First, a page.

The city of Hialeah, located in Florida’s Miami-Dade County, recorded a population of 224,669 in 2010, ranking it as the state’s 6th largest city and the 10th largest in the nation. Its name, Hialeah, originates from the Muskogee words “Haiyakpo”—meaning Prairie—and “Hili”—meaning Pretty—combining to create “Hialeah“, the Pretty Prairie. Its origin may, alternatively, be derived from Seminole roots meaning “Upland Prairie”. Hialeah is located upon a prairie, hence the city’s given name, between the Biscayne Bay and the Florida Everglades.
During the early part of the 1920’s, Hialeah has produced several significant entertainment contributions to attract many visitors to South Florida. Some of these included the Spanish sport of Jai-Alai, greyhound racing, and the production of many silent films at the Miami Movie Studios. Due to a hurricane’s devastating blow in 1926, many of these contributions have since been demolished, never to be resurrected or play as big of a factor in the community. The Hialeah Park Race track, however, a horse track which opened in 1925, received more Miami- based media attention than any sporting event/venue up until that point. Into the mid 1930’s, the Horse Racing Park drew millions of visitors ranging from J.P. Morgan and Harry Truman, to Winston Churchill and members of the Kennedy family. Hialeah Park Race Track also has the distinction of being recognized as an “Audubon Bird Sanctuary” on account of it’s large population of Pink Flamingos that frequent its lands, as well as being recognized as being on the “National Register of Historic Places” for Miami-Dade County. Due to several years of neglect, the city of Hialeah has taken it upon itself to petition the state for a plan of renovation (in 2009) and was subsequently approved. The city hopes to restore the once proclaimed “Crown Jewel of Hialeah” to its former glory.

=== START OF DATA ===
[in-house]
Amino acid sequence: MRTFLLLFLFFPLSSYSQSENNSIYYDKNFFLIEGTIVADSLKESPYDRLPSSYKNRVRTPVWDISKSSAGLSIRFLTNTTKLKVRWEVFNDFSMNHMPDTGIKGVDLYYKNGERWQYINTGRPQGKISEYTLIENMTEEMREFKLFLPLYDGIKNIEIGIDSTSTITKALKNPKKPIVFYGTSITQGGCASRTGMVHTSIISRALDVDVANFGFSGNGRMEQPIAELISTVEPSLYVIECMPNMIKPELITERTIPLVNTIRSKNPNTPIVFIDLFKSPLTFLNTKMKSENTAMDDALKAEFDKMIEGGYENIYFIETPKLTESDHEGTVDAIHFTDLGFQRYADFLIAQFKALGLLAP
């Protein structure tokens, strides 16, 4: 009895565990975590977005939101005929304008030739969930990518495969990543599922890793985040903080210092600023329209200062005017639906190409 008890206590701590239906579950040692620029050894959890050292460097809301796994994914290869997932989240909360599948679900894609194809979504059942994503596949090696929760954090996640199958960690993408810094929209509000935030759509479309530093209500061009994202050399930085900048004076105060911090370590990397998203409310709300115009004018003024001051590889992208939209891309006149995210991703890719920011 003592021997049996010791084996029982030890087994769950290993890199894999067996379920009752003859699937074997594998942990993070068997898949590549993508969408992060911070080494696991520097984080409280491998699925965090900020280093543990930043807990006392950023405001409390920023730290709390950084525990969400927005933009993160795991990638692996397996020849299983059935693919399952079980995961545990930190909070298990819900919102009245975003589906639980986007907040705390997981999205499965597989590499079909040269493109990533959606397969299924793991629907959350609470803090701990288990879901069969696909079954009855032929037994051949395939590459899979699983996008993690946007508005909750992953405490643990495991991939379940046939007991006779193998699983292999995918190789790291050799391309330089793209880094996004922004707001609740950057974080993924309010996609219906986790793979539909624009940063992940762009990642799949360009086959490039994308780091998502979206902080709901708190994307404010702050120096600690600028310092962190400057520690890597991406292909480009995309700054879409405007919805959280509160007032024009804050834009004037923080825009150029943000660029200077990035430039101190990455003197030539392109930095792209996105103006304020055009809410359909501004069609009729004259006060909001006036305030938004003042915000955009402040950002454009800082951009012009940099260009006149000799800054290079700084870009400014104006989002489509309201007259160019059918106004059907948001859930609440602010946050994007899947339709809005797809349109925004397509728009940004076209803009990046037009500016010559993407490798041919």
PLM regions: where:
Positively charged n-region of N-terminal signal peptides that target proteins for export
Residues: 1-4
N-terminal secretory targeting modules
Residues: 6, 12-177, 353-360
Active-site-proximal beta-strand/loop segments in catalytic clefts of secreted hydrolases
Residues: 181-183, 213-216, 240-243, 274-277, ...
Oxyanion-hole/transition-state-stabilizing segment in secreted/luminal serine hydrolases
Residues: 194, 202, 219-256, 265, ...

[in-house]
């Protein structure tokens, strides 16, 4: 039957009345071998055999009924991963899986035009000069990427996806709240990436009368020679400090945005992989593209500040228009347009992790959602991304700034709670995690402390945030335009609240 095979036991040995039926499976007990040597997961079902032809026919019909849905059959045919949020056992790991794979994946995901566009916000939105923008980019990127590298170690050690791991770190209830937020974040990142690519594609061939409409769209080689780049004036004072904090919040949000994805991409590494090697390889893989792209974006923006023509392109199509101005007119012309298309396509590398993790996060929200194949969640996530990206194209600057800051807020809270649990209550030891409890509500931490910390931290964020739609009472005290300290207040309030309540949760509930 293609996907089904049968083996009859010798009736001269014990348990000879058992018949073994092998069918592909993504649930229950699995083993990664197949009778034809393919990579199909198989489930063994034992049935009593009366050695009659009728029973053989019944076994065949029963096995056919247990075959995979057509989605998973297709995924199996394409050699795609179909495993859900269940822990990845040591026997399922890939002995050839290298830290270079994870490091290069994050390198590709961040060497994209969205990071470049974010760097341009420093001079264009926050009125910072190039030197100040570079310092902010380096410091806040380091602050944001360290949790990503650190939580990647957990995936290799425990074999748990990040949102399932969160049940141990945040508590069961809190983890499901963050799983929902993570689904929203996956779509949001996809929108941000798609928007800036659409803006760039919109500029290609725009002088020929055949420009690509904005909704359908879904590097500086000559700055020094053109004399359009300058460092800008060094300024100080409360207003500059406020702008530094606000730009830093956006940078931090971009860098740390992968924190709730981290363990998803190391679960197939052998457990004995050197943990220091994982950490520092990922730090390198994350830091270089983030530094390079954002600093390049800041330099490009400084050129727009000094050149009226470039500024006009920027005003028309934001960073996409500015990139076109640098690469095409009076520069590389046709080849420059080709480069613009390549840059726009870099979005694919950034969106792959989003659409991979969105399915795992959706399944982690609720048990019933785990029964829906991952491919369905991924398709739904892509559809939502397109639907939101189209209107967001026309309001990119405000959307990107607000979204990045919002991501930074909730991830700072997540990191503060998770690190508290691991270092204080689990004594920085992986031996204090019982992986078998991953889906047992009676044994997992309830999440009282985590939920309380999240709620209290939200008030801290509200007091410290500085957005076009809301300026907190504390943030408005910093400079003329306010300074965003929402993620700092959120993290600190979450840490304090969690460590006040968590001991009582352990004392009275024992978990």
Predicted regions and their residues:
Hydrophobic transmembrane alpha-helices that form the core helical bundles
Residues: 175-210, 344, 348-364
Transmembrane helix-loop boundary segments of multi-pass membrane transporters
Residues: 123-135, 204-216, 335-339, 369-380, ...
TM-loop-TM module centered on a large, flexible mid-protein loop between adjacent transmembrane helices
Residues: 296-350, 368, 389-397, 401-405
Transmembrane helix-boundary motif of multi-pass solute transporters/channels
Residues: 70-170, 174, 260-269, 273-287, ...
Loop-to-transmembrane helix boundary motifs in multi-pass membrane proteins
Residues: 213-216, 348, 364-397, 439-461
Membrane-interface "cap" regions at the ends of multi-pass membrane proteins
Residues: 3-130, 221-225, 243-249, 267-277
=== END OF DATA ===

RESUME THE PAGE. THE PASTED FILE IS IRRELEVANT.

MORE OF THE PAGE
Once envisioned as a refuge for wealthy Cuban exiles fleeing the Fidel Castro ruled regime in the late 50’s and early to mid 1960’s, Hialeah became somewhat of a “working- Class community”. Home to locally owned businesses as well as industrial factories, Hialeah was becoming a melting pot, in which several cultures, dominated primarily by waves of Cuban exiles, attempted to live together in a harmonious fashion while staying true to their native cultural traditions. Hialeah historian, Patricia Fernandez-Kelly explained that it “became an affordable Eden…a place where different groups have left their imprint while trying to create a sample of what life should be like.” Although Hialeah has slowed its development significantly since the mid 1930’s, it still attracts visitors and residents from across the state as well as the rest of the United States (as can be attributed to their large population).
Located in Florida’s most accident-prone county, Miami-Dade County recorded upwards of 40,000 traffic accidents in 2011. These statistics only emphasize the risks involved when stepping behind the wheel of an automobile. According to a 2013 Huffington Post article, coupled with these staggering statistics, Miami, FL is recognized one of the Four (4th) most dangerous cities to drive in the United States.
If you should be injured in an automobile accident, our experienced Legal practitioners at Aronfeld Trial Lawyers will do all they can to assist you while fighting for a just outcome to your claim. Our firm takes pride in the services we provide our clients, attacking each case with the same diligence, and treat our clients with the utmost respect and dignity. We are a family oriented firm and take special interest in representing injured children (of all ages). On behalf of our entire legal team, it would be an honor to represent you.